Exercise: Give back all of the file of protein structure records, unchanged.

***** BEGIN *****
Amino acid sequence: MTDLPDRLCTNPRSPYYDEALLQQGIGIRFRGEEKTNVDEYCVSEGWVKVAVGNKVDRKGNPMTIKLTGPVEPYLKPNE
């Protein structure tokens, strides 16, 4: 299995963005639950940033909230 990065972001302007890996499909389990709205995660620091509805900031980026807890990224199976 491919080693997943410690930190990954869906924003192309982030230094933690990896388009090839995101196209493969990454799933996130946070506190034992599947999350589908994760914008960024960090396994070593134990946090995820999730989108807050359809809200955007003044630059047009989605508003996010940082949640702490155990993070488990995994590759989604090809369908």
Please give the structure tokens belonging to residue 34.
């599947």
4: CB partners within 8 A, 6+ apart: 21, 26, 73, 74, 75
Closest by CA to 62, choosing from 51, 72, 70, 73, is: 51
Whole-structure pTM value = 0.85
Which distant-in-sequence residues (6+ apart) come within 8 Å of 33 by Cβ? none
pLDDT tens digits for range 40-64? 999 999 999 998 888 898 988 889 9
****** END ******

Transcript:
Amino acid sequence: MTDLPDRLCTNPRSPYYDEALLQQGIGIRFRGEEKTNVDEYCVSEGWVKVAVGNKVDRKGNPMTIKLTGPVEPYLKPNE
């Protein structure tokens, strides 16, 4: 299995963005639950940033909230 990065972001302007890996499909389990709205995660620091509805900031980026807890990224199976 491919080693997943410690930190990954869906924003192309982030230094933690990896388009090839995101196209493969990454799933996130946070506190034992599947999350589908994760914008960024960090396994070593134990946090995820999730989108807050359809809200955007003044630059047009989605508003996010940082949640702490155990993070488990995994590759989604090809369908």
Please give the structure tokens belonging to residue 34.
């599947």
4: CB partners within 8 A, 6+ apart: 21, 26, 73, 74, 75
Closest by CA to 62, choosing from 51, 72, 70, 73, is: 51
Whole-structure pTM value = 0.85
Which distant-in-sequence residues (6+ apart) come within 8 Å of 33 by Cβ? none
pLDDT tens digits for range 40-64? 999 999 999 998 888 898 988 889 9